• Despite being one of the most heavily relied upon exercises by law enforcement, the HGN exercise is considered scientific evidence and will not be admissible in court unless conducted by a drug recognition expert.
• The finger-to-nose can be affected by movement of the vessel and other conditions where it is performed.
• The palm-pat involves placing your hands directly on top of each other palm to palm and turning over the top hand with increasing speed. Signs of impairment include failing to increase speed as instructed and not lining your hands properly.
• The hand coordination test is intended to replicate the walk-and-turn but using your fists. It involves walking your fists out from your chest, clapping your hands, and walking them back. The instructions are very confusing and officers who have not had sufficient training may not instruct you properly or demonstrate the exercise correctly.
The last thing to consider regarding BUI investigations is the potential for being investigated by a poorly trained or inexperienced officer. During major summer holidays or peak times of the year, it is not uncommon of law enforcement agencies to focus on BUI prevention. From a personnel perspective, this may involve taking officers off the street and putting them on the water under the assumption that investigating a BUI is identical to investigating a DUI. Investigating a BUI is not the same as investigating a DUI. Likewise, defending a BUI is not the same as defending a DUI. If you are arrested for BUI, be sure to hire any attorney who knows the difference.
My advice for avoiding a BUI is the same as avoiding a DUI, have a designated driver. As long as the designated driver is born before 1988, he or she will not need to have a boater safety card. There is no minimum age for operating a vessel, but any operator born after January 1, 1988 will need a boater safety identification card in accordance with Florida Statute § 327.95. There are no speed limits, no travel lanes, and few traffic control devices so having someone on board who can safely navigate the waters if someone has had too much to drink should not be difficult and it may save you lots of time, money and heartache.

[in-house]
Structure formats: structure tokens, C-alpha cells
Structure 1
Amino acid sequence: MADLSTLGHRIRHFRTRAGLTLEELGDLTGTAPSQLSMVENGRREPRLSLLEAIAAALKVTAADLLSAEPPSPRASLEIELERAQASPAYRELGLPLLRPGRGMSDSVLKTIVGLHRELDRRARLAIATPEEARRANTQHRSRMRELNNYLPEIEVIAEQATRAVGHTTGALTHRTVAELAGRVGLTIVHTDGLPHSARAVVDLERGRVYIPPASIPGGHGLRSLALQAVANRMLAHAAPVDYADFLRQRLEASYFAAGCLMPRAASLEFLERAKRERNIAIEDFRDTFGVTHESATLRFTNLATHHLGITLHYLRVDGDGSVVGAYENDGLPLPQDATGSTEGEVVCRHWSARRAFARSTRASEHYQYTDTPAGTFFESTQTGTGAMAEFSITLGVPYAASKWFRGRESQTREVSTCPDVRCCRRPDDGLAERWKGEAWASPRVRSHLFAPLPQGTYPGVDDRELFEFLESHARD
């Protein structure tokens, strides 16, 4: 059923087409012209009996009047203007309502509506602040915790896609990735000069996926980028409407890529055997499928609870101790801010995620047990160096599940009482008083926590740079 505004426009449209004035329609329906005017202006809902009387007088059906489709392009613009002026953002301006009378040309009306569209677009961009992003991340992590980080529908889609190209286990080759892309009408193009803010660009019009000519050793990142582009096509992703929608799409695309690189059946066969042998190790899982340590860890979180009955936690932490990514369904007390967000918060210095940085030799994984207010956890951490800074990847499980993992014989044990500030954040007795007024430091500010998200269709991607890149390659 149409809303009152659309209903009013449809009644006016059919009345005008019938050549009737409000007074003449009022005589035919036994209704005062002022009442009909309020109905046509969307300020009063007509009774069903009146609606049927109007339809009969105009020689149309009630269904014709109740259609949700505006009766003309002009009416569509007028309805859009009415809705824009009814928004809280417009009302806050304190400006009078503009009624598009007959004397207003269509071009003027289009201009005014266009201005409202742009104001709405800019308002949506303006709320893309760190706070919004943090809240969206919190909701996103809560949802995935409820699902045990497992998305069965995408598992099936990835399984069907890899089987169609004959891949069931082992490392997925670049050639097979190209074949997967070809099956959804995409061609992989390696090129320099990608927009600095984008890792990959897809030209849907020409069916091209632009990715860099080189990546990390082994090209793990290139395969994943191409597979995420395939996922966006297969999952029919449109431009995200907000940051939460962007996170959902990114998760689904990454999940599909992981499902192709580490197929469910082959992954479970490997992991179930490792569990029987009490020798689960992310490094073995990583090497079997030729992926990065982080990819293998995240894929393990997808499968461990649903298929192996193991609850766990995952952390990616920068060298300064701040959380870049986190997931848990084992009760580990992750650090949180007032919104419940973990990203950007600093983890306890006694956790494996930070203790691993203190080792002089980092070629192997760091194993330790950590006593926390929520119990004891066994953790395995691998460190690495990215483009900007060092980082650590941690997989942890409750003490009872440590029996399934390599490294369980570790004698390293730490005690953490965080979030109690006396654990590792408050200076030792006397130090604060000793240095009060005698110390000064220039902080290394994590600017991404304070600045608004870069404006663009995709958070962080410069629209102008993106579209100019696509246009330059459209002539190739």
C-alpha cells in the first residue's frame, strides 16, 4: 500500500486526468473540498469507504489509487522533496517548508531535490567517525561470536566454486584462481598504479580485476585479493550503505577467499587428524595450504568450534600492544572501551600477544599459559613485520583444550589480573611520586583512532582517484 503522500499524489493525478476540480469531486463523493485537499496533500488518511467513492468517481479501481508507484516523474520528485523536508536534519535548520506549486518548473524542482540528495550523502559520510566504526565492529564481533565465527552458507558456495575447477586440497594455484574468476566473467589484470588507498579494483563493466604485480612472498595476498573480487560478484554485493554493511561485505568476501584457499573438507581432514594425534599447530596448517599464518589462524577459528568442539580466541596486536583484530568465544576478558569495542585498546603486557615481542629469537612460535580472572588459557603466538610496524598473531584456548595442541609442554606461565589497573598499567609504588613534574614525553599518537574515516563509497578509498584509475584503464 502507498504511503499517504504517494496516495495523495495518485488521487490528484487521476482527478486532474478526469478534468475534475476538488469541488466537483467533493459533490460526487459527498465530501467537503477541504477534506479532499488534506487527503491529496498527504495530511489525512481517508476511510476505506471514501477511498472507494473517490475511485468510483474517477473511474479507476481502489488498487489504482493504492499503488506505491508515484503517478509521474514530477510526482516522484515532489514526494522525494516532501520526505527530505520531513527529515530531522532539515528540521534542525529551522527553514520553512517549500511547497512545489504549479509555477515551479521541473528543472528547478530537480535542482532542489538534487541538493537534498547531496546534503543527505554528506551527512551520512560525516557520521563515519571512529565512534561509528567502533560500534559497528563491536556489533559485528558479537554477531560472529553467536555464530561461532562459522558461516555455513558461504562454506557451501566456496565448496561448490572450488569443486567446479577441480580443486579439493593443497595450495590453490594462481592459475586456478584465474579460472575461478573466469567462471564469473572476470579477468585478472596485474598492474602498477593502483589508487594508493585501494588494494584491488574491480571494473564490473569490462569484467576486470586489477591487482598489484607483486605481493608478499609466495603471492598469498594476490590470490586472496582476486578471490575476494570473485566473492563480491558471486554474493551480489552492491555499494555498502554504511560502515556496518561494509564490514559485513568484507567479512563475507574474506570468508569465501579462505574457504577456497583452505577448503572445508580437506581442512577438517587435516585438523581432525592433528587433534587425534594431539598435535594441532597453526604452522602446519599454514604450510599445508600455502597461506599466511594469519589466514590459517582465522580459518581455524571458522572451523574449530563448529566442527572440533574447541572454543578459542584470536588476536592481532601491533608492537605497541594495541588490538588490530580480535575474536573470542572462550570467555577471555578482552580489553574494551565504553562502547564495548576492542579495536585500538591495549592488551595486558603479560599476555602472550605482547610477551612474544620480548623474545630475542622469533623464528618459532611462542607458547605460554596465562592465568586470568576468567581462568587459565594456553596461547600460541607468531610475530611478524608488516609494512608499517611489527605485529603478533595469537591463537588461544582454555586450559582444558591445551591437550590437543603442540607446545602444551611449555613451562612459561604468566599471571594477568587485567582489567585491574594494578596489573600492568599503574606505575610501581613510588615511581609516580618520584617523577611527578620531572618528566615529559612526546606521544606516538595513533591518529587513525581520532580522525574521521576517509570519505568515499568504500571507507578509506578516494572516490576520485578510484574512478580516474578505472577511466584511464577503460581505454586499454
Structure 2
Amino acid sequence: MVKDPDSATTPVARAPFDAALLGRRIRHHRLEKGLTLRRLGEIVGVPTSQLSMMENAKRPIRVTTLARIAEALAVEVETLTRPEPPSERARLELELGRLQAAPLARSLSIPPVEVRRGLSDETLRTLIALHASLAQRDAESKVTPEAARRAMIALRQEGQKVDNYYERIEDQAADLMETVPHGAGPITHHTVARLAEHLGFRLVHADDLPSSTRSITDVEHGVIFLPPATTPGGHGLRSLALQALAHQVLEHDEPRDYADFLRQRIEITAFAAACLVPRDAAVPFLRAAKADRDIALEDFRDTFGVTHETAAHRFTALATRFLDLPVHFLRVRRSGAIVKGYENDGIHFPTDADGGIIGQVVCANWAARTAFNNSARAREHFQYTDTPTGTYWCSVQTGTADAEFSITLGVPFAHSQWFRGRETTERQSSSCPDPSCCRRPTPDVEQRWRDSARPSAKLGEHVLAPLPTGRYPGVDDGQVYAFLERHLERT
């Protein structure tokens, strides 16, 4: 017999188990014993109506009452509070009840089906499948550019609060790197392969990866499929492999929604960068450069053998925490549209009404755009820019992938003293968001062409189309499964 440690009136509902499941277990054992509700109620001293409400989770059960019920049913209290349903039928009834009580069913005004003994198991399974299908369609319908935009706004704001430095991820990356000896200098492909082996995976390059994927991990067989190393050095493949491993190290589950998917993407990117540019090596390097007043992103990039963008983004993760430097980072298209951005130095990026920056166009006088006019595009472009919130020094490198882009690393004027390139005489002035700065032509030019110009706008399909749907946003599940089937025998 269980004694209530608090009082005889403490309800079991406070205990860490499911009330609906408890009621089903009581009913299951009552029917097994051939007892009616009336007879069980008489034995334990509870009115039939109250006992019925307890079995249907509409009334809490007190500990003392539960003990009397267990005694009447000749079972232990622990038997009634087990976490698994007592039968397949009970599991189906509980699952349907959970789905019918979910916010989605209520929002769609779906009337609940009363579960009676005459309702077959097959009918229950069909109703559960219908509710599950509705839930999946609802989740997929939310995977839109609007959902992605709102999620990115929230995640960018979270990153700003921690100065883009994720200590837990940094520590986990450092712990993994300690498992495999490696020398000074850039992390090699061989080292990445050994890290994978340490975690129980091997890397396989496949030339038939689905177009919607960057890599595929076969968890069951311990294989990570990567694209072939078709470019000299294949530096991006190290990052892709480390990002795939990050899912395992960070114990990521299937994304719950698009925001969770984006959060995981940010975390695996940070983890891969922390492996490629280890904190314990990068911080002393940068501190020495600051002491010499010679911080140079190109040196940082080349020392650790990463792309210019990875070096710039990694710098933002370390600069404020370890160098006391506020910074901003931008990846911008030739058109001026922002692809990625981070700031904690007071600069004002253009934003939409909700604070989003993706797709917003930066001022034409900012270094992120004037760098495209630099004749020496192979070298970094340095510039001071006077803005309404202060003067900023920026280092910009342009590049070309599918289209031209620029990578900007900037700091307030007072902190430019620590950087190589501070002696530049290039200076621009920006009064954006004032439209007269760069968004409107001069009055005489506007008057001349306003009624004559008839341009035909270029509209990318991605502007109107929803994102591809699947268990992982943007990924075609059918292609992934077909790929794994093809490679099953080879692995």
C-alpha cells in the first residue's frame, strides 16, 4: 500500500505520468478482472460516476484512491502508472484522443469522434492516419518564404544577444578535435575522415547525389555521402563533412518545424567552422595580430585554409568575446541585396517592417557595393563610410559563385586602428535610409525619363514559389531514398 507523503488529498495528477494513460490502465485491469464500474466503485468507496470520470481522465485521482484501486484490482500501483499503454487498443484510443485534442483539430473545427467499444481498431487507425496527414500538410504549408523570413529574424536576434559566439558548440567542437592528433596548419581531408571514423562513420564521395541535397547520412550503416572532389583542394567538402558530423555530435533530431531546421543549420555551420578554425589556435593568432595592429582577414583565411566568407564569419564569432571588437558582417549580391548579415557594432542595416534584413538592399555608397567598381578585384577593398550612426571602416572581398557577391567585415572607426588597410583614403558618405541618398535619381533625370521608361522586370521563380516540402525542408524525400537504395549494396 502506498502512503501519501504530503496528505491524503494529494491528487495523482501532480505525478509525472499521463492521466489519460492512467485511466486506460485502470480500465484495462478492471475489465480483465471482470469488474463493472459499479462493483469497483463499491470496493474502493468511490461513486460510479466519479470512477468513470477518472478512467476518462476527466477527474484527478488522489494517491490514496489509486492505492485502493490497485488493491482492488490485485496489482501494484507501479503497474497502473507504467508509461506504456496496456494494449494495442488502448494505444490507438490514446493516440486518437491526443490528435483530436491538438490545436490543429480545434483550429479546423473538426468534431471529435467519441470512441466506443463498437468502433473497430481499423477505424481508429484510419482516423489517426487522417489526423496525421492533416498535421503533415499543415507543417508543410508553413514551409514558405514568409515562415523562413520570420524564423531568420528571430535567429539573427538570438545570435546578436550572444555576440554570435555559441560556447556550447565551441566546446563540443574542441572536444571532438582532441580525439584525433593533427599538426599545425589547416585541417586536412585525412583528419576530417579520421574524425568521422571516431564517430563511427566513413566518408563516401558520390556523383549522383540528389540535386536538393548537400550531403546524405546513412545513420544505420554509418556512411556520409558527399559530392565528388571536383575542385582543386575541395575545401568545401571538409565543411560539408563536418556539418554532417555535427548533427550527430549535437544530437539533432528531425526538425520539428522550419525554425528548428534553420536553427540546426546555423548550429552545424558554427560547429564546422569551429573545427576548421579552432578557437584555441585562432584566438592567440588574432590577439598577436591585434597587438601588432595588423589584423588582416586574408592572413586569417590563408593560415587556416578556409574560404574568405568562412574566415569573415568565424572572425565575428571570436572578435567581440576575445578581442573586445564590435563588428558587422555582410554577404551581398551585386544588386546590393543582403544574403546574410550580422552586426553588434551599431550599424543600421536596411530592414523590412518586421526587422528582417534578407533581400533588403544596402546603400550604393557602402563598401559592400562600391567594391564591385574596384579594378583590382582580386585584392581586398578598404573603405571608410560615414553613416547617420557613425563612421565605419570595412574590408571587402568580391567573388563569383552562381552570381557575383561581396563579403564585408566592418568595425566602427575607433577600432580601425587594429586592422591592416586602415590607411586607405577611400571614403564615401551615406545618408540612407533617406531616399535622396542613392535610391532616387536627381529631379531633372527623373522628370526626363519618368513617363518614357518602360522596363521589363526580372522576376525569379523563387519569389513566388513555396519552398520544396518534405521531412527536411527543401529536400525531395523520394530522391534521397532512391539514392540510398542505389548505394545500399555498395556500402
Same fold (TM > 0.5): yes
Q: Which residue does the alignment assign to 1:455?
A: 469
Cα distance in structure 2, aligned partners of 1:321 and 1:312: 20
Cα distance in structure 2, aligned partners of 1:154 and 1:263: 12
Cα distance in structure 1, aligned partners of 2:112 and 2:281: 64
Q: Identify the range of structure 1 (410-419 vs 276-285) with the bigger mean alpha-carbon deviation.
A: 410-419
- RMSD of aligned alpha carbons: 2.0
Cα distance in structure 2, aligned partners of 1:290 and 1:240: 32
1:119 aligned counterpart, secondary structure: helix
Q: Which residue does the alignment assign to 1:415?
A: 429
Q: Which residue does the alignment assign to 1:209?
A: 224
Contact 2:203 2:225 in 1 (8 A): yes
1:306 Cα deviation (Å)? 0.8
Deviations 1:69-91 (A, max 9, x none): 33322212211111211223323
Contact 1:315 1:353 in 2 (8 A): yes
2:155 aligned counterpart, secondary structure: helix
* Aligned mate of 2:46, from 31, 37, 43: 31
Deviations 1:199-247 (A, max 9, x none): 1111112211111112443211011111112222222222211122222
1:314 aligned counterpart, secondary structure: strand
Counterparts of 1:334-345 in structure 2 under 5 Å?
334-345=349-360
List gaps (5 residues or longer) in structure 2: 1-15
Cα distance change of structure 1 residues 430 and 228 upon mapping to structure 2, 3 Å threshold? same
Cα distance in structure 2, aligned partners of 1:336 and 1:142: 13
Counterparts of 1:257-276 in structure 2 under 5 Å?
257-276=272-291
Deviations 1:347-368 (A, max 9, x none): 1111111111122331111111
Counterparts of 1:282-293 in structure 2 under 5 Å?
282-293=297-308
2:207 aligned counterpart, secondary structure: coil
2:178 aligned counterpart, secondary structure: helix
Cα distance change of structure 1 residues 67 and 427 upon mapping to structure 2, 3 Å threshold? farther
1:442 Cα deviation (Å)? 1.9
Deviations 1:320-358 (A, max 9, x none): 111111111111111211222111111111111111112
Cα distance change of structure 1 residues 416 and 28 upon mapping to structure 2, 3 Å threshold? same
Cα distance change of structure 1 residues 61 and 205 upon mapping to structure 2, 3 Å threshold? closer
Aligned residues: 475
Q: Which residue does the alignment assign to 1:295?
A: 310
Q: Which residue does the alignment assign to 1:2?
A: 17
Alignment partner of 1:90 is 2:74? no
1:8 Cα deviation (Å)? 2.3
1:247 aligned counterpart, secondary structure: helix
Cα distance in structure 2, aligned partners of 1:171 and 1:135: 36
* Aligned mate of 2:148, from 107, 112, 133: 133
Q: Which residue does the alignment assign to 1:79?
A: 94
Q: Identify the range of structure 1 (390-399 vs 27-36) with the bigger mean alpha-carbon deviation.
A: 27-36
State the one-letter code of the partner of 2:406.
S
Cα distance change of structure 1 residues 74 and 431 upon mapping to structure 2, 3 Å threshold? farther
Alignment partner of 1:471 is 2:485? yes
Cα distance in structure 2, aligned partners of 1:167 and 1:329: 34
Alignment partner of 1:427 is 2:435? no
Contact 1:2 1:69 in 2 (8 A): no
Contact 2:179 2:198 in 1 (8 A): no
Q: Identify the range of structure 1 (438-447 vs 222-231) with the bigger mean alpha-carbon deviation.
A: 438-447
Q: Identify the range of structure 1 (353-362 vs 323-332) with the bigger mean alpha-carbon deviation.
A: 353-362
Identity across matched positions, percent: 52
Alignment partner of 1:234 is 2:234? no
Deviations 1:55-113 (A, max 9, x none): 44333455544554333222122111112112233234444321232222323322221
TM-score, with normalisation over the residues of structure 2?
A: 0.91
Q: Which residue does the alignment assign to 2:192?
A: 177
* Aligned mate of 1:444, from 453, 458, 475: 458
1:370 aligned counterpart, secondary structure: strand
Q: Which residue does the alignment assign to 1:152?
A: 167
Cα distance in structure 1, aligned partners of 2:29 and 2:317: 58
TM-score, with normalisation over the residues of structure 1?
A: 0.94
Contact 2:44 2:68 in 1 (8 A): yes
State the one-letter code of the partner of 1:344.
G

If you are facing BUI charges, contact me at Luke Law and put me to work for you. You can reach me at 904-637-2700 or firstname.lastname@example.org. Luke Law, LLC is located in Orange Park, Florida, and is conveniently located near Green Cove Springs, Middleburg, and most areas in northeast Florida. I am also available to travel to you to discuss your legal matters.
*Disclaimer: This blog post is not intended to be legal advice. We highly recommend speaking with an attorney if you have any legal concerns. Contacting us through our website does not establish an attorney-client relationship.*